On a school field trip to learn about cooking, a dozen Heritage Academy pupils trekked through the kitchen at Very Vera after watching a film on how the catering business was started.
The third- and fourth-graders excitedly helped combine ingredients to make cupcake batter. Each then took a turn scooping the mix into a cupcake pan before placing it in an oven.
While waiting for the cupcakes to finish baking so they could apply icing, the pupils sat around a table where store owner Vera Stewart taught them to fold napkins.
"It was great how (the film) showed us the business, how Vera's mother and grandmother showed her how to cook cakes," said fourth-grader Christian Bailey, 10. "And it was great to come here and cook cupcakes."
The end-of-the-school-year trip was planned as a different type of learning opportunity for the children, said Helen Morgan, the volunteer coordinator for Heritage Academy.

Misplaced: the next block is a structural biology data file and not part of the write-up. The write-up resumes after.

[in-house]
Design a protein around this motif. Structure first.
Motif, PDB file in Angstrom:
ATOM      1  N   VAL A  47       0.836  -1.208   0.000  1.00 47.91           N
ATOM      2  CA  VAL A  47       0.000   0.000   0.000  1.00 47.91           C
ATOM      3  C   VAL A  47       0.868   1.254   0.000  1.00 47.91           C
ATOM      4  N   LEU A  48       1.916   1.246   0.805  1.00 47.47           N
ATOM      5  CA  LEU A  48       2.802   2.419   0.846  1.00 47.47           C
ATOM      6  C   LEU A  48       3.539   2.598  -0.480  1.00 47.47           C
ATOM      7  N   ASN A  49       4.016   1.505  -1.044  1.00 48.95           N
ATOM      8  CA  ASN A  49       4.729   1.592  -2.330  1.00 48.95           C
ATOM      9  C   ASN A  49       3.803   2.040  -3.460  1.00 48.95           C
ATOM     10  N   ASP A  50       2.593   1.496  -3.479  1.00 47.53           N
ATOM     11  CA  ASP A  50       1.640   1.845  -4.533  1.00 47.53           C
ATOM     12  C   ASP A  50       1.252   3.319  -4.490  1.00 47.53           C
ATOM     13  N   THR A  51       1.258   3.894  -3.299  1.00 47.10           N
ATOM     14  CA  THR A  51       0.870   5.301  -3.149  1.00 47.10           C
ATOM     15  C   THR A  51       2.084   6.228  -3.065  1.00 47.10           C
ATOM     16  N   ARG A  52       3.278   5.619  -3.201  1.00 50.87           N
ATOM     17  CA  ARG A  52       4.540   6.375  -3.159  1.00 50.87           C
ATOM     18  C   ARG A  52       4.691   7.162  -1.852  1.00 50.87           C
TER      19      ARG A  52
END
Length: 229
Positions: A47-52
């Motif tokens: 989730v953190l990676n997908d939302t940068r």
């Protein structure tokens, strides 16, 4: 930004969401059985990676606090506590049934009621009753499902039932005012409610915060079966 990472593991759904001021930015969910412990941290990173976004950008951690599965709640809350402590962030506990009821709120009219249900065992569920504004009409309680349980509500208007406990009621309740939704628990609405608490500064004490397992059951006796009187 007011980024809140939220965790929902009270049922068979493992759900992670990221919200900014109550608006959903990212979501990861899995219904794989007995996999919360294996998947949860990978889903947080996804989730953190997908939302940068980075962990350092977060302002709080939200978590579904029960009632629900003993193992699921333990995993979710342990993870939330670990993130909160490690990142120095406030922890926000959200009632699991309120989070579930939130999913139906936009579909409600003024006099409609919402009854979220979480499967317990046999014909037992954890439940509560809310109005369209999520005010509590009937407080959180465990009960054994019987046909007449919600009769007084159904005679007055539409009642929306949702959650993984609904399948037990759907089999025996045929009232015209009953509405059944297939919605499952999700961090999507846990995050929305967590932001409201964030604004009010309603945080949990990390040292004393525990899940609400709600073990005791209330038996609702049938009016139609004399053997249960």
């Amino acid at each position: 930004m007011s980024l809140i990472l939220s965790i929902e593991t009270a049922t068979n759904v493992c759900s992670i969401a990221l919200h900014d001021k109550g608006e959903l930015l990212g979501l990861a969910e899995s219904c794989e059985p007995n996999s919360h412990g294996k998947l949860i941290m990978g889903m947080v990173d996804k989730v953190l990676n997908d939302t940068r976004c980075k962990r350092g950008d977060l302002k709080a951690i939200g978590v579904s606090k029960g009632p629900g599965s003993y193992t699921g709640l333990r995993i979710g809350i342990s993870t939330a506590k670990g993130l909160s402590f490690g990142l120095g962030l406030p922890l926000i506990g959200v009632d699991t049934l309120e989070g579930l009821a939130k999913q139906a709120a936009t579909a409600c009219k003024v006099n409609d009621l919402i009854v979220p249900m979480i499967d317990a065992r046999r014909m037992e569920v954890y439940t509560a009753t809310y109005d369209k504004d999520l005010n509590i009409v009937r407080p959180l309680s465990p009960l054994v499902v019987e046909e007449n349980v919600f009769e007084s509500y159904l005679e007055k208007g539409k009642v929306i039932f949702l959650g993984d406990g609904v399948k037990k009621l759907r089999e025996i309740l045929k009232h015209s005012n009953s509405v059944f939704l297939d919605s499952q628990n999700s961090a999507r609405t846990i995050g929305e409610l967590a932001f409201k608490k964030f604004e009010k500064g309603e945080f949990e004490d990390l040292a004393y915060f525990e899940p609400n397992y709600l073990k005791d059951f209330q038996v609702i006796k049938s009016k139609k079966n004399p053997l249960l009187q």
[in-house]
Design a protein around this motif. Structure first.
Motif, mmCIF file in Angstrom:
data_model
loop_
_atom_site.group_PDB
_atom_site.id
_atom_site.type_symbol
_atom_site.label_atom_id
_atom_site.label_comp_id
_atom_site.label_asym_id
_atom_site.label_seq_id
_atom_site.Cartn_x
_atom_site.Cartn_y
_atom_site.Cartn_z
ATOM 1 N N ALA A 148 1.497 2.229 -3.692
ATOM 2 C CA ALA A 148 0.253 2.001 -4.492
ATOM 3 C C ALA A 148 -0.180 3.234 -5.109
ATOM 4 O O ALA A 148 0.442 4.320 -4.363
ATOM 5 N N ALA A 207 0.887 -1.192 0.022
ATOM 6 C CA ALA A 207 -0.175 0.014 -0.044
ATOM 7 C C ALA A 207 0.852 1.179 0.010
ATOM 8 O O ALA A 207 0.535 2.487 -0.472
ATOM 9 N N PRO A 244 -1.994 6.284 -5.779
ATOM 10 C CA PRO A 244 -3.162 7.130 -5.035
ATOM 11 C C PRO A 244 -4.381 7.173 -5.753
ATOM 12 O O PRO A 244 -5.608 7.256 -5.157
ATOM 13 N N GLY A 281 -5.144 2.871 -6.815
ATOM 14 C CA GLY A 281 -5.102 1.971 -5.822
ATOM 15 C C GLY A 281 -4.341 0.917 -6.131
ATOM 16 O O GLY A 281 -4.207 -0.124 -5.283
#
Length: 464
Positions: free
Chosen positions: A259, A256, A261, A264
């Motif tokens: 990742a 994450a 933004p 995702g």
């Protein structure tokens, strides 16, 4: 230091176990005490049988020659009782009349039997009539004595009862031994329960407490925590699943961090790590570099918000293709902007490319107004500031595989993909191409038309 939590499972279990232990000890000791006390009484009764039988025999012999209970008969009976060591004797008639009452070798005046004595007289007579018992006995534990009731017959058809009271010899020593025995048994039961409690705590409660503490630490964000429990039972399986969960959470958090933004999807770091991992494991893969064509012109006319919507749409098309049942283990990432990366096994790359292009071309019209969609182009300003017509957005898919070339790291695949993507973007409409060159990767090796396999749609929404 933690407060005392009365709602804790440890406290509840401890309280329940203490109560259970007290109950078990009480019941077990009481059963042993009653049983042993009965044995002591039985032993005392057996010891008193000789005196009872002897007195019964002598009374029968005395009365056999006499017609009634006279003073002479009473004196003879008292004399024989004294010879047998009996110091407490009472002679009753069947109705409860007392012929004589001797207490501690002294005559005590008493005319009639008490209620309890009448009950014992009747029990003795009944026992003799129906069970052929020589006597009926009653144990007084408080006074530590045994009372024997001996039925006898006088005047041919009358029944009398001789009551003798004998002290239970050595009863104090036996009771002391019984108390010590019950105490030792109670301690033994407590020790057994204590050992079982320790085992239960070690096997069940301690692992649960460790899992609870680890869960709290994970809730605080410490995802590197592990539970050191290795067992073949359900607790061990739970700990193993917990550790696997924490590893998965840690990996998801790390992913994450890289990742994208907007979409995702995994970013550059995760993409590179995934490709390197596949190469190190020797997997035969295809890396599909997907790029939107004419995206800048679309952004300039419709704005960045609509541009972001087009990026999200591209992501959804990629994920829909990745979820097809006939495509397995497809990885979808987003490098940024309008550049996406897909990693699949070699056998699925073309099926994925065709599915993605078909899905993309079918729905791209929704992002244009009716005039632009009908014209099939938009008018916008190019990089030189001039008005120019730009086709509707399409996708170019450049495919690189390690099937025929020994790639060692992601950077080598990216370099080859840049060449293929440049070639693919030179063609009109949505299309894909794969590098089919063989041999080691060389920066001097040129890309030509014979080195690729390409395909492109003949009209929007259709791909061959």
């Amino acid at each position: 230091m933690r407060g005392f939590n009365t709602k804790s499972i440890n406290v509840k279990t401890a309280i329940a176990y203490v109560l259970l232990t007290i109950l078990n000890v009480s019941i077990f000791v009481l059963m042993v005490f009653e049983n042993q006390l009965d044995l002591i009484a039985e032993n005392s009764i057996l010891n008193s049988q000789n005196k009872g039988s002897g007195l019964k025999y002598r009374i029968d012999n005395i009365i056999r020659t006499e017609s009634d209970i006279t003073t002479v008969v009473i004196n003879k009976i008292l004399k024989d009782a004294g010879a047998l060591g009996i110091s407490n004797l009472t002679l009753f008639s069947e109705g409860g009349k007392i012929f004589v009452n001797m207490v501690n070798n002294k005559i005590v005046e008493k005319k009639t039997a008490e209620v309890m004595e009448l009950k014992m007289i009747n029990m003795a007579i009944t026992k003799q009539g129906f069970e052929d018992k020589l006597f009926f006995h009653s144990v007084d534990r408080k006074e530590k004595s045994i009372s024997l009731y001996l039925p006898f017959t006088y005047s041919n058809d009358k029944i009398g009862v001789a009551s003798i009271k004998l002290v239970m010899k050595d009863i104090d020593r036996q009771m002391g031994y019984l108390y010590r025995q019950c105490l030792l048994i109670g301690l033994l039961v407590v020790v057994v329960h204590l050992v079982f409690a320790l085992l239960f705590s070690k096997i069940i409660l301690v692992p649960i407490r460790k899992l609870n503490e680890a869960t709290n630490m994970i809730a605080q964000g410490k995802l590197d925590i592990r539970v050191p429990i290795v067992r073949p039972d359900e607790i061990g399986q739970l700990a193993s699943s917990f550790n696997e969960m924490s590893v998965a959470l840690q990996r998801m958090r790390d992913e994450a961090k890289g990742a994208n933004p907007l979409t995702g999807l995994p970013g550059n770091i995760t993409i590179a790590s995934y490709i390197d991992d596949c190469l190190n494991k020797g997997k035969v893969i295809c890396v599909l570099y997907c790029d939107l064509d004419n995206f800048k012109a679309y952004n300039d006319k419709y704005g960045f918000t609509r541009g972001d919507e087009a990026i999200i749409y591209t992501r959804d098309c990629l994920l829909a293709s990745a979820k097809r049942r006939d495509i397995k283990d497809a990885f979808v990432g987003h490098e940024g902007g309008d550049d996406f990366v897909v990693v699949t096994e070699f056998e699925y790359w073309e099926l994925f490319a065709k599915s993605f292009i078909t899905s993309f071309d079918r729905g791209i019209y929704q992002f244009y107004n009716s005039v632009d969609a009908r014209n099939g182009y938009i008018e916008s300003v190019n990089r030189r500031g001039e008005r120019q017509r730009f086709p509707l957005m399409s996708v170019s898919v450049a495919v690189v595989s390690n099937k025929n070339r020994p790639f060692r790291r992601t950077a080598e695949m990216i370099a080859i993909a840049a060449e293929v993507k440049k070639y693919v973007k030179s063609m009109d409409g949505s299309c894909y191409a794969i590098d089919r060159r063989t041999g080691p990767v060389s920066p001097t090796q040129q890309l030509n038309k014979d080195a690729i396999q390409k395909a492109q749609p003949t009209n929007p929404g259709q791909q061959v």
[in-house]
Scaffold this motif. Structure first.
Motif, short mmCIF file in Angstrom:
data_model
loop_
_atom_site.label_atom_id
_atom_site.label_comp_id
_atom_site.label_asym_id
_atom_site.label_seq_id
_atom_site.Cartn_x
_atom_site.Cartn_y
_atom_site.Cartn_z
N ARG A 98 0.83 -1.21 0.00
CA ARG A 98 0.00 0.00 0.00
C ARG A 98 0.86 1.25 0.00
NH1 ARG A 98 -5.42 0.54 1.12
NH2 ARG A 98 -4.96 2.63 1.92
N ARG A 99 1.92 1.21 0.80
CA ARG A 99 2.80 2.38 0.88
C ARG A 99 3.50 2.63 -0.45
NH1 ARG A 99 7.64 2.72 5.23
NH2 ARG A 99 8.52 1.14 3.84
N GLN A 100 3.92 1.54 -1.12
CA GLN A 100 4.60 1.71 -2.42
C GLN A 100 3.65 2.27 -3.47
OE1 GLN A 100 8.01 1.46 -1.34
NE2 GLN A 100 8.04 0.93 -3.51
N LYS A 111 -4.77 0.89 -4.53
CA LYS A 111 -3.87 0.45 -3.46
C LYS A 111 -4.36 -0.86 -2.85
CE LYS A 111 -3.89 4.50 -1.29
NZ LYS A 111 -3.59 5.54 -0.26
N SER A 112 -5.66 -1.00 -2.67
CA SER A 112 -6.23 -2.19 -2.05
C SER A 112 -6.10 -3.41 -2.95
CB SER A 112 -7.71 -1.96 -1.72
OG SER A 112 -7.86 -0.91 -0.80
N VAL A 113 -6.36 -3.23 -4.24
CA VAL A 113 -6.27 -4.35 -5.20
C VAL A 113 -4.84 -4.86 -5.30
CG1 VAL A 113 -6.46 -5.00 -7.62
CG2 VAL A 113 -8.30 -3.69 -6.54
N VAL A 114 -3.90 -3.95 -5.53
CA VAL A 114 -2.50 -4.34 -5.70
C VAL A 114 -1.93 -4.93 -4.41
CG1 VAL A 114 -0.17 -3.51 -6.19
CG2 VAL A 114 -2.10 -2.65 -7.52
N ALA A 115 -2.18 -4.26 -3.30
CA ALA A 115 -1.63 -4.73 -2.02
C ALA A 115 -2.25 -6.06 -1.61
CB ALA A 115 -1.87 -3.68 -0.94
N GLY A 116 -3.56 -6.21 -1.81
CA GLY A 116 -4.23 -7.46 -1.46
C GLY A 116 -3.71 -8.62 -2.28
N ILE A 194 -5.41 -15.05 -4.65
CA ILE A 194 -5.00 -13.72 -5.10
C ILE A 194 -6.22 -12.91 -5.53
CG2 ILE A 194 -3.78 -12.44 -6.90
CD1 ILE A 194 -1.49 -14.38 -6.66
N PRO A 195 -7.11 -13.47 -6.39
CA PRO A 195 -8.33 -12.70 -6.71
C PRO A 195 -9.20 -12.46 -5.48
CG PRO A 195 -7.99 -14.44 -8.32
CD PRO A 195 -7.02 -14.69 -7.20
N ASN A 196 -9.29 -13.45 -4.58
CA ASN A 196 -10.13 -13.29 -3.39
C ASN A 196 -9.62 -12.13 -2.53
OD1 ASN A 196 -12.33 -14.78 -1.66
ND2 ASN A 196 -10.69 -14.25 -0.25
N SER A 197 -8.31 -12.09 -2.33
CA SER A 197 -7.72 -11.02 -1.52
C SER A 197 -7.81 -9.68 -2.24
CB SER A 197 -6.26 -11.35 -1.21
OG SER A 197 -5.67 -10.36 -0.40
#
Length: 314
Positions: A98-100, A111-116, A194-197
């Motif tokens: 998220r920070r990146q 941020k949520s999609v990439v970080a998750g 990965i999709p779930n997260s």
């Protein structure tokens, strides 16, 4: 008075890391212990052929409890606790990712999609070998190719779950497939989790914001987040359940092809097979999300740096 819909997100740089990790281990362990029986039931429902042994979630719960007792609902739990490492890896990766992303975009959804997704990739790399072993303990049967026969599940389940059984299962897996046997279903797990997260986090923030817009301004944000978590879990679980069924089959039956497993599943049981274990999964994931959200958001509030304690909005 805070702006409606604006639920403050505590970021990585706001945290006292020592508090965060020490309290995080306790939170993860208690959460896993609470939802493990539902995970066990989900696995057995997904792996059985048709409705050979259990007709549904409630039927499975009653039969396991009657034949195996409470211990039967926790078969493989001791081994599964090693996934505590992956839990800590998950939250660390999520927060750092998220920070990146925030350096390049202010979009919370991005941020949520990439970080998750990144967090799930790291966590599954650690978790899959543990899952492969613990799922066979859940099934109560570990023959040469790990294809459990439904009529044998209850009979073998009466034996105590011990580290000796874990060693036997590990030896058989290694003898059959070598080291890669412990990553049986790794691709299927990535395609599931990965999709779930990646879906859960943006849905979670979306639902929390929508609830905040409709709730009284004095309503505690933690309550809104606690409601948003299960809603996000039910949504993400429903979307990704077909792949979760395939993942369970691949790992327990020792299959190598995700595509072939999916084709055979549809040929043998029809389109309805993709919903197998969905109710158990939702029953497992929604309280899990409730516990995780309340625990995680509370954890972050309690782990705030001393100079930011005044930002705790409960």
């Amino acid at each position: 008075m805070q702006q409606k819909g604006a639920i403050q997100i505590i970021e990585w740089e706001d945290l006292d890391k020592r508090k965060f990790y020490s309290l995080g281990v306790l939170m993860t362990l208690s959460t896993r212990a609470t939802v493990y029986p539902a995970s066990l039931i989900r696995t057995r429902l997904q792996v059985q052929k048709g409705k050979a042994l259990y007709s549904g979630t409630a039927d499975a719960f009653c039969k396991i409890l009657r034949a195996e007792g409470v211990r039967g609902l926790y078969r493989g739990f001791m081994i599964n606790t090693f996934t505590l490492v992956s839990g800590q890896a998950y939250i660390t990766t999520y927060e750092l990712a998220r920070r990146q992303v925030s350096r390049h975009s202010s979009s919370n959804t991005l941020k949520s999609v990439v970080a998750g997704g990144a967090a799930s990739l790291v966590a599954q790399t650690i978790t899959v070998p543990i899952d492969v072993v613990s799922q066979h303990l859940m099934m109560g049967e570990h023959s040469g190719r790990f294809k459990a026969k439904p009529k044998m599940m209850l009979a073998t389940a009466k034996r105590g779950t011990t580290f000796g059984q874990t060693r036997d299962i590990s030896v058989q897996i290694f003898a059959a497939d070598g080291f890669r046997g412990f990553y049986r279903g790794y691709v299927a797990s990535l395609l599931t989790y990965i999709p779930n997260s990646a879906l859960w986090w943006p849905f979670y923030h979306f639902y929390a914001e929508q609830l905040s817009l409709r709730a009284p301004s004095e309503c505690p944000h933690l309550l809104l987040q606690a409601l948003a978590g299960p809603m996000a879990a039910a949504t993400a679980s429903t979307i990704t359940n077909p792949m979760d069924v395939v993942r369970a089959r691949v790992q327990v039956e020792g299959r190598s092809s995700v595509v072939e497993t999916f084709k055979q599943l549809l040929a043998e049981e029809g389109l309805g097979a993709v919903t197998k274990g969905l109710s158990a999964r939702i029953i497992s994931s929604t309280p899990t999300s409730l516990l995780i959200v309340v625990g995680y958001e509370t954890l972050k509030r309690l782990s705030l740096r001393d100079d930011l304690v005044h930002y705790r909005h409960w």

"I thought it would be a fun outing for the kids. Some have cooked, some haven't," Mrs. Morgan said. "I thought it'd be educational to see how Vera runs the business. There's a lot of math, and it's a good hands-on experience."
Teachers Mohandas Martin and Jan Hitchcock watched Ms. Stewart do three napkin-folding demonstrations and then helped pupils make the patterns. The pupils drew and colored designs on their final napkin creation, which was in the shape of a rabbit.
"I liked making cupcakes and folding napkins the best," said 9-year-old L.J. Lee, a third-grader.
Pamela Bradley, 10, said she learned more about how to cook.
"I learned how to fold napkins, to cook, and a lot about how they work at this place," the fourth-grader said.
Heritage Academy is a school for at-risk youths started by Phin and Jan Hitchcock about five years ago. The school is housed in the old Curtis Baptist High School campus across from Lake Olmstead and has classes for kindergarten through fourth grade.
Reach C. Samantha McKevie at (706) 823-3552 or email@example.com.
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